It is time for a conversation about the darkside of leadership.
For some reason, even when heinous leadership behavior occurs in Christian circles it is common to gloss over these behaviors with polite and spiritually baptized verbal gymnastics.
I want to lobby for a new day. I want to suggest that it is time we name inappropriate behavior for what it really is. I think it is time we recognize that there are “sins of leadership” which do long term damage to the very people leaders are called to serve. By becoming more honest in the way we describe our actions, we have the chance of becoming more aware and more accountable for them as well.
Just two categories of such behavior.
You know what a coup looks like during a hostile military takeover. In the church or other organization, it is a coup when one person or party which is not in power, manipulatively or clandestinely consolidates power and then forcibly ousts currently appointed leadership.
A church planter seeking to build a culture of shared leadership in his church, was caught by surprise when one of his elders had been working his relationships in order to develop a larger personal platform. Ultimately, this elder had gathered enough support to call for the “philosophically-driven” decision to eliminate paid ministry staff and in the process oust the founding pastor. What happened in phase two of his effort was that he maneuvered himself into the role of senior pastor. It was a coup.
Blackmail is the act of holding someone or a group of people hostage through either the threat of painful action or an expensive demand of some sort. The key threads to recognize are: 1.) there is always a threat; and 2.) that threat carries very painful consequences to it.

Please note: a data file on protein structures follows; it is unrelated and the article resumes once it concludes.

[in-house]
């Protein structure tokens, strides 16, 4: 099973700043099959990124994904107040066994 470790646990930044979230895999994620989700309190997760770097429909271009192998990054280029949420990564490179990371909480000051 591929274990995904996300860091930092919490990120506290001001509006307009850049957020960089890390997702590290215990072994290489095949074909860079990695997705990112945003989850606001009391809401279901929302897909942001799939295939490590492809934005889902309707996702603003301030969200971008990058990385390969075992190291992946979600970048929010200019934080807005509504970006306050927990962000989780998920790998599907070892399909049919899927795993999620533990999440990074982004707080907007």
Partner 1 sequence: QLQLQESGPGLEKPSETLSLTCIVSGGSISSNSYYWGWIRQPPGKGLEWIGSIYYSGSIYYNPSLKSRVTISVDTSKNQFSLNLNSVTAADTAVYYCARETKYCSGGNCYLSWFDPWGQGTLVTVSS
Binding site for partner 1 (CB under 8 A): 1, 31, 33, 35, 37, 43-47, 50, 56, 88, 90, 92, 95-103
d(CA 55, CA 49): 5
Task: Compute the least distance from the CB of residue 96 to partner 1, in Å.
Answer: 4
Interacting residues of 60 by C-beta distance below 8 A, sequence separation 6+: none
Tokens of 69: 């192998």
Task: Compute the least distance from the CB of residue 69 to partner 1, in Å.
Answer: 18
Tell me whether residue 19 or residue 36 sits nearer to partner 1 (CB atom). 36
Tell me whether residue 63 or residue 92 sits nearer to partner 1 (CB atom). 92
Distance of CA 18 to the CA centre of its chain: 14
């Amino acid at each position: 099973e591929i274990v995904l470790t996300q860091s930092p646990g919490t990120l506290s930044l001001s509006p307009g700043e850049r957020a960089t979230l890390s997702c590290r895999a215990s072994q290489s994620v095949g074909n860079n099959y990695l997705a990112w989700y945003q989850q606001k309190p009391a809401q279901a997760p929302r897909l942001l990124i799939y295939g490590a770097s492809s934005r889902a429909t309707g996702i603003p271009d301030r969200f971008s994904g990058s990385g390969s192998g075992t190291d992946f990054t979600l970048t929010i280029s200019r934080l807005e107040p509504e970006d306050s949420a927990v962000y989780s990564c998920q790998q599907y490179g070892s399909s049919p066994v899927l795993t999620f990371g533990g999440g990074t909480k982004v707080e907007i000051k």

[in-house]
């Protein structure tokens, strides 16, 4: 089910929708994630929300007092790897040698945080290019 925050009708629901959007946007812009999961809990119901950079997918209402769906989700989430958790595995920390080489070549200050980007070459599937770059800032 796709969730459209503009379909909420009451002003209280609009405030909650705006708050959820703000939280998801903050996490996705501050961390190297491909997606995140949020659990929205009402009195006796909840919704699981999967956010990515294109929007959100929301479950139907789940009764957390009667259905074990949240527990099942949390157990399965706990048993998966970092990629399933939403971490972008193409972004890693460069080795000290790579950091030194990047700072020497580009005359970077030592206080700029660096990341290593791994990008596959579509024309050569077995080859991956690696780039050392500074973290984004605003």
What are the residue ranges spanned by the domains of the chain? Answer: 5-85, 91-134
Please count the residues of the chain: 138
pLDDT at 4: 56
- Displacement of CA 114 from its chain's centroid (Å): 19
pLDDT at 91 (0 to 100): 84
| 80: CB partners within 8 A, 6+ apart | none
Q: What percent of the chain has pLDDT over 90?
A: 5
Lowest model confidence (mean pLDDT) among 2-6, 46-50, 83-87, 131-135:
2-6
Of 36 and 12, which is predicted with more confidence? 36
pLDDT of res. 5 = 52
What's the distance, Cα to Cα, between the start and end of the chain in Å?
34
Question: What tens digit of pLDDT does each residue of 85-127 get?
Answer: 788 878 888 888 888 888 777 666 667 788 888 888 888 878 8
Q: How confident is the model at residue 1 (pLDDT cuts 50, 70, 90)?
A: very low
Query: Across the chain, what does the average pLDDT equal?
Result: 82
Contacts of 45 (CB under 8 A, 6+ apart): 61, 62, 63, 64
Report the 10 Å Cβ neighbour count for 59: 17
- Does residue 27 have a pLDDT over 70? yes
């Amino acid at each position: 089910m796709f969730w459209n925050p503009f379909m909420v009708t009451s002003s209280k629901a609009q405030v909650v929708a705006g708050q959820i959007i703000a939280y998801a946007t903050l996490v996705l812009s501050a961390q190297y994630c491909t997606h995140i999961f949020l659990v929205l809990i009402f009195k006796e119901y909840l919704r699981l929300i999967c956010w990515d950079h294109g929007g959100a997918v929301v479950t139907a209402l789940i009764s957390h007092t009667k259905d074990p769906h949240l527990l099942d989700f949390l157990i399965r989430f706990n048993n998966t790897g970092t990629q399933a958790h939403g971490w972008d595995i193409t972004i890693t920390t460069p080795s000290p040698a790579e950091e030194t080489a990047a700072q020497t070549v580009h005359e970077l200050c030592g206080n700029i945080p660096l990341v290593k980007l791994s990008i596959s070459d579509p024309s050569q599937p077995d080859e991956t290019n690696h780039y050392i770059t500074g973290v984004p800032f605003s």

A ministry leader, unhappy with the direction of his church, networked a group of wealthy church members and presented an ultimatum complete with specific demands and details about what should be done to please them. The bottom line of this ultimatum? If the change we seek is not made, all of us will withold our financial support.
We need to look each other in the eye and call that kind of public threat what it is, blackmail. To threaten a group like that, to give an ultimatum, puts the entire congregation into a no-win situation. It forces people to choose sides and creates only painful options. It is an intimidation tactic. It is blackmail.
Power plays might be one way to get what we want, but this kind of political maneuvering leaves radioactive fallout that takes forever to dissipate. There are always other options for how people, decisions, processes, and leaders can be treated. But when people act this way, it’s time we call power plays like these what they really are. Furthermore, it is time that all of us pay careful attention to the way we wield influence of leadership.